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The Power of Reading Aloud for Relationships, Part 3

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As mentors, we have glorious intentions of loving our mentees, of nurturing them, and making a positive difference. Right?

The day-to-day reality of this intention may fall short at times, though. If our students are chosen to be in Kids Hope USA because they are vulnerable, the odds may be higher that they may be somewhat emotionally wounded, or scared, or distant. Their guard may be up.

As a result, we may find ourselves working harder than we expected…just to connect…just to cultivate a friendship.

Or, even for those children who aren’t especially “relationally cautious,” it can still take several weeks or months before we feel really bonded with them and able to converse about Most Important Things.

How can we see the difference our presence is making if we can’t feel a connection with our mentee?

While the answers to that question are complex, there is one simple answer that we may have accidentally left on the shelf….

Reading a book together.

The Relational and Emotional Power of Reading Aloud

Yes, when we read aloud to our mentee, we increase the possibility of building an emotional bond with one another. Children are usually held enraptured by a good story (fiction), or by fascinating information about the world (non-fiction). When we show them that we care enough to share these stories and ideas with them, they will likely be grateful and feel valued and nurtured. A connection.

Do you have fond memories of being read aloud to by a parent, grandparent, or teacher? Co-opt that great emotional feeling for the benefit of your mentee, too!

When we read aloud a book our mentee enjoys, we create a pleasurable moment in the school day. This enjoyment may be one of the few good times they have during the day. And it’s another joyful connection we build with our mentee.

When we read aloud to our mentee, we also create shared experiences. Without even leaving the school building, we can travel to Egypt, live the life of a dog, or vanquish evil dragons! Together, we can build in these rich shared experiences, week after week, that provide endless opportunities for future conversations, jokes, and deeper connections.  

For instance, if you’ve read aloud Nikki and Deja about 2 friends who exclude a new girl from their clique, your mentee may have a lot to say if you ask her,

“Have you seen anyone try to exclude another person?
Has this ever happened to you?”

Or, if you finish reading the picture book, You Are Not Small, your student may be quick to talk when you ask,

“What are you thinking now about who is small?”

Read alouds like this, paired with timely questions, have the potential to loosen those tongues and truly get to the heart.

In addition, when we real aloud from stories, in particular, our students are more likely to develop empathy. Studies show that narratives invite us to enter into the experiences of the characters. We see the world through the eyes of these characters, broadening our understanding of how others live and feel. Isn’t empathy something we’d like to cultivate more of in our youth and society in general?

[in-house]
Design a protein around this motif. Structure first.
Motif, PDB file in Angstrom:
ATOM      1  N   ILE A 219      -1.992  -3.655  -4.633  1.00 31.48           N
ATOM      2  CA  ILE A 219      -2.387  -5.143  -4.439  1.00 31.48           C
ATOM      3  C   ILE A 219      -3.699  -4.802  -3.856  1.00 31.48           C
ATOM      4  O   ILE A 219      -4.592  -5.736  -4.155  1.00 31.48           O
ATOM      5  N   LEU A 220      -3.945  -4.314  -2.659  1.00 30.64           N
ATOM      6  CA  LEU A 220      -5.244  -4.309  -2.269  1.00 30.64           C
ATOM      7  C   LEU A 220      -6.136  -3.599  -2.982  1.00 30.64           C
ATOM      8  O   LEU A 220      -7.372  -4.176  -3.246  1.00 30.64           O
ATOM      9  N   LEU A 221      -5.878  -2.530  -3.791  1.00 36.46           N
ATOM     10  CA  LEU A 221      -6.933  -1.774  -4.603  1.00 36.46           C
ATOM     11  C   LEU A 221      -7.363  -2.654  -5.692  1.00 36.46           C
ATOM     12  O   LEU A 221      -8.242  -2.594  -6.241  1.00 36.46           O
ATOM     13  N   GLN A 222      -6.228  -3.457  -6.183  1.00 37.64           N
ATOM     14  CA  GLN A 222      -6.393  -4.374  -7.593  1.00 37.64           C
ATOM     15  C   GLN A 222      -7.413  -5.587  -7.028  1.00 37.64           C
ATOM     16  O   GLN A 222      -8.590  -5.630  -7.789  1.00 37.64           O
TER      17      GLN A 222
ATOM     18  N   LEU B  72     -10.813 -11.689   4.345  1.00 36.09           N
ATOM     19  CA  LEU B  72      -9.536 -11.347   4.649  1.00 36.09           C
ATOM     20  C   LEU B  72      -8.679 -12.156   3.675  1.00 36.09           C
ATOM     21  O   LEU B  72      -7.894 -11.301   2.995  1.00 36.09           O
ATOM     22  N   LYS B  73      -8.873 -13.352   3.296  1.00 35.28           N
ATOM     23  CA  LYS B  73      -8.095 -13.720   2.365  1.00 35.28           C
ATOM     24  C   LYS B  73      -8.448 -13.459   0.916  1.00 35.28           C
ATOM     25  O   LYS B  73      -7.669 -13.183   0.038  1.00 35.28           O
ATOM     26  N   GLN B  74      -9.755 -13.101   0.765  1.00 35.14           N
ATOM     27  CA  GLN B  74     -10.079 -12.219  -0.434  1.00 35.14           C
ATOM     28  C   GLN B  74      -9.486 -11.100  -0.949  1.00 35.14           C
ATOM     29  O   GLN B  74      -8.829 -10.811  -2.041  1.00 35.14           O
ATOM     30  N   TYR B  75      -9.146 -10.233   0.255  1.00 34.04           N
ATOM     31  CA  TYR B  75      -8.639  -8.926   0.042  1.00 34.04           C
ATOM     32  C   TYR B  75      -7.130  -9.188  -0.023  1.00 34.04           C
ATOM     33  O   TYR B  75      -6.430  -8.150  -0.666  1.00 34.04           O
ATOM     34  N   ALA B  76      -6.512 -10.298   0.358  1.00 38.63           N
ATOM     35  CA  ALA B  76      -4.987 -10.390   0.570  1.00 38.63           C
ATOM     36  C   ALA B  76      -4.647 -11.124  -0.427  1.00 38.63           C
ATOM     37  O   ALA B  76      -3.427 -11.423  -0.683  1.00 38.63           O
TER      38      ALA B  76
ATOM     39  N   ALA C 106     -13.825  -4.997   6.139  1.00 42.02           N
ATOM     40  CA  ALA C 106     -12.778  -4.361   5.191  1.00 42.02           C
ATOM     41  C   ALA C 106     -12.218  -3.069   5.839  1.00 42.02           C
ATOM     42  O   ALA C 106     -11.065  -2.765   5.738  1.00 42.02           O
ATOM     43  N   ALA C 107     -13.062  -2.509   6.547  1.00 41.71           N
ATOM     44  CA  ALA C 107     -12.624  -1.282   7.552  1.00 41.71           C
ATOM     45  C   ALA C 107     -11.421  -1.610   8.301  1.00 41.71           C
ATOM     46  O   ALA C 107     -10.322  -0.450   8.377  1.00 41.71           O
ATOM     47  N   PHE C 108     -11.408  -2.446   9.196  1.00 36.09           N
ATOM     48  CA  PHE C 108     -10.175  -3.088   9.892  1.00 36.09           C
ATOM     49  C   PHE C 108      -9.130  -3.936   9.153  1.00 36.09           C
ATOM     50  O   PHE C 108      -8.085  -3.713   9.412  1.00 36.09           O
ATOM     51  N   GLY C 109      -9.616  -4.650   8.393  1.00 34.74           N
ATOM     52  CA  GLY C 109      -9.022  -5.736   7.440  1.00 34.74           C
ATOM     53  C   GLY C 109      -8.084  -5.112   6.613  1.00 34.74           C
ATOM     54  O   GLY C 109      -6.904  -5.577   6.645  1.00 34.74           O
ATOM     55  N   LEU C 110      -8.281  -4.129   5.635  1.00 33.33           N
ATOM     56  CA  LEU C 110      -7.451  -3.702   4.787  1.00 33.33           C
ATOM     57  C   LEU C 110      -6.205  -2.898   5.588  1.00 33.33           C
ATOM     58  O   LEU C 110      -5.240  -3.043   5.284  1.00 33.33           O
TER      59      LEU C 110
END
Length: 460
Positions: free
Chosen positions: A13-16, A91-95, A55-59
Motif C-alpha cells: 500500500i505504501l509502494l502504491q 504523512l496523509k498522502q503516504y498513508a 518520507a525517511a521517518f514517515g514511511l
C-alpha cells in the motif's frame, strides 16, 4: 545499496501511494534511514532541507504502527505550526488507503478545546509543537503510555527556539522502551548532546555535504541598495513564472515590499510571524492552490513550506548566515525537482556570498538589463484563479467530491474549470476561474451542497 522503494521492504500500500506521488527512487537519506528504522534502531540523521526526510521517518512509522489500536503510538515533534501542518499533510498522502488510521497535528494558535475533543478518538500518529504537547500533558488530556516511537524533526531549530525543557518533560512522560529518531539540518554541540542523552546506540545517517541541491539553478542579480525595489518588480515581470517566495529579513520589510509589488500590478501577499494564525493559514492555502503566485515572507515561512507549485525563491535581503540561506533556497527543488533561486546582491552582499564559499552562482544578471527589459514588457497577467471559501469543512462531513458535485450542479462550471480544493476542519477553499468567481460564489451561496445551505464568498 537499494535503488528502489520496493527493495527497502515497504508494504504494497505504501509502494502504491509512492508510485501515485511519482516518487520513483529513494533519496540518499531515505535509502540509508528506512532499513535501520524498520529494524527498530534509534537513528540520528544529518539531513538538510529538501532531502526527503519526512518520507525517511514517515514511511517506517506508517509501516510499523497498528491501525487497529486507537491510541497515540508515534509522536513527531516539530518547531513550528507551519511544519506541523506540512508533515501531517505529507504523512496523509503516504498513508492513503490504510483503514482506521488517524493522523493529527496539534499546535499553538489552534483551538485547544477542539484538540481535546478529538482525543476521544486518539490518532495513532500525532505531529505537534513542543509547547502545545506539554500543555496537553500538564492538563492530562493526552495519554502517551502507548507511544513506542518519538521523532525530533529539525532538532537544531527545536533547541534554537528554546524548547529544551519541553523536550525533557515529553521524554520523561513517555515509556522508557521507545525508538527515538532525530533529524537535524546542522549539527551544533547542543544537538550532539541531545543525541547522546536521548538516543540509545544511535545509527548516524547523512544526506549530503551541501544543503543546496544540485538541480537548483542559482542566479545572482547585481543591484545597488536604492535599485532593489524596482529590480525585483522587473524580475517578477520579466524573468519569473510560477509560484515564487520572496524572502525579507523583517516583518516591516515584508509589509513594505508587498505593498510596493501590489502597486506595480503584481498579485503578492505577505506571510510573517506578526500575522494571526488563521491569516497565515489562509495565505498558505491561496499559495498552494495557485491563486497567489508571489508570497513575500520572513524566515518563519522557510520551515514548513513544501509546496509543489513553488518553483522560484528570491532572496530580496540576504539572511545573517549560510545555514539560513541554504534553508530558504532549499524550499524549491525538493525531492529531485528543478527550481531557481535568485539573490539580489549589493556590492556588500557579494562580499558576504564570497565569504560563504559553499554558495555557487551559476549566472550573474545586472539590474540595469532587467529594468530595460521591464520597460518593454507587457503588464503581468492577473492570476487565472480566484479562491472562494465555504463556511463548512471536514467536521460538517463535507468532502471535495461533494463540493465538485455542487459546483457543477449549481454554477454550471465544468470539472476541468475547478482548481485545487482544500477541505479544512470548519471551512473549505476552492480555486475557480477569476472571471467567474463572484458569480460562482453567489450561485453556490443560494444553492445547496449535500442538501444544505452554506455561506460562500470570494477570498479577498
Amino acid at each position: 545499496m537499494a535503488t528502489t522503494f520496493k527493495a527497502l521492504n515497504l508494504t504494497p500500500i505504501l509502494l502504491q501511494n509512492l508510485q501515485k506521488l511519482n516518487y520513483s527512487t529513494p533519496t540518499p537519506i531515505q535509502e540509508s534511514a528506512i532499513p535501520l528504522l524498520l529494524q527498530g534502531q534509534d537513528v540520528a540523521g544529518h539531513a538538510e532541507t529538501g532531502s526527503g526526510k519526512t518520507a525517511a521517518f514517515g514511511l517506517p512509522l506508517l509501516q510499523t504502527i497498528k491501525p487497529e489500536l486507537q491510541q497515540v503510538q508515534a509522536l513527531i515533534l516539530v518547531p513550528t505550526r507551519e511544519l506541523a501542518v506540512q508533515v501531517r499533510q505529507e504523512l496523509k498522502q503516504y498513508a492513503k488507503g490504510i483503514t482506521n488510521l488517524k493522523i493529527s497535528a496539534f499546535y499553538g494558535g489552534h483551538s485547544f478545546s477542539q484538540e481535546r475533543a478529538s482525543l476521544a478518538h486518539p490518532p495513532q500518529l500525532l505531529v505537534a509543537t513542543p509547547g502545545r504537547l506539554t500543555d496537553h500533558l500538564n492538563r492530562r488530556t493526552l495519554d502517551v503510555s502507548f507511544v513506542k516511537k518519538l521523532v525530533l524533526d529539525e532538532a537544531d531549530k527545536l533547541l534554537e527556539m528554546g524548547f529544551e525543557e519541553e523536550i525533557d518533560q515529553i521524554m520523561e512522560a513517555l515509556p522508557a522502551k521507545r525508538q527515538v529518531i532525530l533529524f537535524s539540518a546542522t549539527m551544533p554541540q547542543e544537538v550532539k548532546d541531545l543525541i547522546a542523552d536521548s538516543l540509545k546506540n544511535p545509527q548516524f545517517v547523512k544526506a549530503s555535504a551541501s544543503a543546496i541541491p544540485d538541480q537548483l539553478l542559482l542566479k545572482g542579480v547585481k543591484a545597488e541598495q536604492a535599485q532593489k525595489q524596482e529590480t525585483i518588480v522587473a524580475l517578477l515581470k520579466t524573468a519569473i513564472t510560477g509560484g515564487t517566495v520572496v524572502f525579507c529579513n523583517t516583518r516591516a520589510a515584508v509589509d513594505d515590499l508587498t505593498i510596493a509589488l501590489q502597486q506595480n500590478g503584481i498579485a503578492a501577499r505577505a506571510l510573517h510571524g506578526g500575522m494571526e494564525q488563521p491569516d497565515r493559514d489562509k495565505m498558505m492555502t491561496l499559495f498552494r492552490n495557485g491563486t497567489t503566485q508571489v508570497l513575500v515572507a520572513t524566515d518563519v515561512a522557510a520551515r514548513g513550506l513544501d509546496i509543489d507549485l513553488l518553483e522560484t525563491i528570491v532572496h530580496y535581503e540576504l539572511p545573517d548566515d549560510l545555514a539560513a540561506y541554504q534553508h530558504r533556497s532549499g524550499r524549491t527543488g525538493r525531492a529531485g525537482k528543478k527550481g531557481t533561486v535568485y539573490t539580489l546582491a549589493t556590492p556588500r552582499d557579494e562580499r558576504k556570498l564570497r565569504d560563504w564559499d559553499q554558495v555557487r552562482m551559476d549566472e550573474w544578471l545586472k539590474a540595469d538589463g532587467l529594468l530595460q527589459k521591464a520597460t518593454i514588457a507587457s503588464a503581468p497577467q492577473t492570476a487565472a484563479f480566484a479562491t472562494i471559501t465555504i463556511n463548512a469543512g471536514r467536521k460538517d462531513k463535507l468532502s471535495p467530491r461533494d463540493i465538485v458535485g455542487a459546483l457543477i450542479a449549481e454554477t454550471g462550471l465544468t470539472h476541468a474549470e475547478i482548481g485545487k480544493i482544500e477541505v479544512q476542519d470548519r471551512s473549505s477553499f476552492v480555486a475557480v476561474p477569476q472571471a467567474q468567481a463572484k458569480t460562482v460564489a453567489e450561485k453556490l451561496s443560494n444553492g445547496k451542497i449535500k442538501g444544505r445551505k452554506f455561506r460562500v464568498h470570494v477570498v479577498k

Not only that, but some stories with positive moral lessons may even encourage better moral decisions! A study of over 260 children ages 4 to 7 found that listening and discussing “George Washington and the Cherry Tree” reduced rates of lying in a lab experiment. If we can guide our mentees to develop better morality, we can chalk up yet another benefit to reading aloud!

We’ve shared recently about the power of the read aloud to benefit our mentee, including benefiting his/her achievement. But now you have another valuable set of reasons for reading aloud: when you read aloud, you’re likely to build a better relationship with your student and even build your mentee’s emotional and moral insight….

A KHUSA Mentor’s Experience with Reading Aloud

A Kids Hope USA mentor, Jolene, may have expressed the power of the read aloud the best in this way:

My mentee and I bonded through books.

My mentee was academically gifted, had a strong will and a good heart and was emotionally wary. The child loved certain games, but excitement boiled over into wildness and over-stimulation that I could see was not pleasant for the child.

So, I began to read aloud from children’s novels, and that became the activity the child wanted, for our entire session, week after week. It took us most of the year to read through a single novel.

The child’s memory astounded me–if I mistakenly picked up my reading at the wrong paragraph, that child instantly knew.

The bonding and sharing came as we discussed the novel and the choices made by characters. It felt safe, it seems, for this child to share and engage in meaningful conversation through the safety of sharing a fictional world.

Never underestimate the power of children’s literature.

Indeed, Jolene’s testimony powerfully bring this home…

….So pick up a book that you both might like and see how it may boost your relationship and his/her emotional and moral strengths!

Ready to read aloud? Select a book that’s on a topic your mentee enjoys.

If you’re unsure, one of these may tickle his/her fancy…

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